Show simple item record

dc.contributor.authorDamsgaard, Camilla T.
dc.contributor.authorEidner, Maj B.
dc.contributor.authorStark, Ken
dc.contributor.authorHjorth, Mads F.
dc.contributor.authorSjodin, Anders
dc.contributor.authorAndersen, Malene R.
dc.contributor.authorAndersen, Rikke
dc.contributor.authorTetens, Inge
dc.contributor.authorAstrup, Arne
dc.contributor.authorMichaelsen, Kim F.
dc.contributor.authorLauritzen, Lotte 18:53:27 (GMT) 18:53:27 (GMT)
dc.description.abstractn-3 long-chain polyunsaturated fatty acids improve cardiovascular risk markers in adults. These effects may differ between eicosapentaenoic acid (EPA, 20:5n-3) and docosahexaenoic acid (DHA, 22:6n-3), but we lack evidence in children. Using baseline data from the OPUS School Meal Study we 1) investigated associations between EPA and DHA in whole blood and early cardiometabolic risk markers in 713 children aged 8-11 years and 2) explored potential mediation through waist circumference and physical activity and potential dietary confounding. We collected data on parental education, pubertal stage, 7-day dietary records, physical activity by accelerometry and measured anthropometry, blood pressure, and heart rate. Blood samples were analyzed for whole blood fatty acid composition, cholesterols, triacylglycerol, insulin resistance by the homeostatic model of assessment (HOMA-IR), and inflammatory markers. Whole blood EPA was associated with a 2.7 mmHg (95% CI 0.4; 5.1) higher diastolic blood pressure per weight% EPA, but only in boys. Heart rate was negatively associated with both EPA and DHA status (P = 0.02 and P = 0.002, respectively). Whole blood EPA was negatively associated with triacylglycerol (P = 0.003) and positively with total cholesterol, low density and high density lipoprotein (HDL) cholesterol and HDL: triacylglycerol (all P<0.01) whereas DHA was negatively associated with insulin and HOMA-IR (P = 0.003) and tended to be negatively associated with a metabolic syndrome-score (P = 0.05). Adjustment for waist circumference and physical activity did not change the associations. The association between DHA and HOMA-IR was attenuated but remained after adjustment for fiber intake and none of the other associations were confounded by dietary fat, protein, fiber or energy intake. This study showed that EPA status was negatively associated with triacylglycerol and positively with cholesterols whereas DHA was negatively associated with insulin resistance, and both were inversely associated with heart rate in children. The sex-specific associations with blood pressure confirm our previous findings and warrant further investigation.en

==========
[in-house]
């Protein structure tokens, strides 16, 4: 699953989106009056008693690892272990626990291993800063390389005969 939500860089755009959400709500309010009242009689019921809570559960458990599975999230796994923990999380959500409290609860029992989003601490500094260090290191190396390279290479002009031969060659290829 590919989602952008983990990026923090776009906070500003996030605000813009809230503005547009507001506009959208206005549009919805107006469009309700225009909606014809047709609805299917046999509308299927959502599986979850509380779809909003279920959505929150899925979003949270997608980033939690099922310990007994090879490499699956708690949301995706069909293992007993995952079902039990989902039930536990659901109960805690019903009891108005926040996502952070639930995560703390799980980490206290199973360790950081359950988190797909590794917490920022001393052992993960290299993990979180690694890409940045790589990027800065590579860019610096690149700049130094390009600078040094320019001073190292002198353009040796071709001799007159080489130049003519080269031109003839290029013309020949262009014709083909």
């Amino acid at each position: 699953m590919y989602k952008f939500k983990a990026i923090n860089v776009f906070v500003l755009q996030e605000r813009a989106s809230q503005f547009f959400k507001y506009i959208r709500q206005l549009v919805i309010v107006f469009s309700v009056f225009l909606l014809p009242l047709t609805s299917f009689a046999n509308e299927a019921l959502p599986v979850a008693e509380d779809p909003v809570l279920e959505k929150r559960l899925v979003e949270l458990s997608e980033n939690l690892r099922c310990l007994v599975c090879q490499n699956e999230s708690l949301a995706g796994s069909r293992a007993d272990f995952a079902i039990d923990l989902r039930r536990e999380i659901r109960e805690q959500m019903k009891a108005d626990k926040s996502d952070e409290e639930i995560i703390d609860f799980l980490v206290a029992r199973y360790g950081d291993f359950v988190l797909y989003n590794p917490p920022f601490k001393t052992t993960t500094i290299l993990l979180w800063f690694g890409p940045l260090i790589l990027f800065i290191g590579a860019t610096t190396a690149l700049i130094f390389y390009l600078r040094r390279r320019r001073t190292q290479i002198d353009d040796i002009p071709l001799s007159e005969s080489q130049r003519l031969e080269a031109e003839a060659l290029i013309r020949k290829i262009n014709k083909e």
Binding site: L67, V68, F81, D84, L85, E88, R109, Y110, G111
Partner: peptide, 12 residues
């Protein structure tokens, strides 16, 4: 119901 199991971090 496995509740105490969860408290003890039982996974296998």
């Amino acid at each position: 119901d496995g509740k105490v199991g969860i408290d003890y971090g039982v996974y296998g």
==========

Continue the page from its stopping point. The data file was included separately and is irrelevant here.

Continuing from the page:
dc.description.sponsorshipNordea Foundation [02-2010-0389]en
dc.description.sponsorshipCanada Research Chair in Nutritional Lipidomicsen
dc.publisherPublic Library of Scienceen
dc.rightsAttribution 4.0 International*
dc.subjectRandomized Controlled-Trialsen
dc.subjectPolyunsaturated Fatty-Acidsen
dc.subjectFish-Oil Supplementationen
dc.subjectBody-Mass Indexen
dc.subjectMetabolic Syndromeen
dc.subjectInternational Surveyen
dc.subjectCardiovascular Risken
dc.subjectLipid Profileen
dc.titleEicosapentaenoic Acid and Docosahexaenoic Acid in Whole Blood Are Differentially and Sex-Specifically Associated with Cardiometabolic Risk Markers in 8-11-Year-Old Danish Childrenen
dcterms.bibliographicCitationDamsgaard, C. T., Eidner, M. B., Stark, K. D., Hjorth, M. F., Sjödin, A., Andersen, M. R., … Lauritzen, L. (2014). Eicosapentaenoic Acid and Docosahexaenoic Acid in Whole Blood Are Differentially and Sex-Specifically Associated with Cardiometabolic Risk Markers in 8–11-Year-Old Danish Children. PLoS ONE, 9(10), e109368.
uws.contributor.affiliation1Faculty of Applied Health Sciencesen

Files in this item


This item appears in the following Collection(s)

Show simple item record

Attribution 4.0 International
Except where otherwise noted, this item's license is described as Attribution 4.0 International


University of Waterloo Library
200 University Avenue West
Waterloo, Ontario, Canada N2L 3G1
519 888 4883

All items in UWSpace are protected by copyright, with all rights reserved.

DSpace software

Service outages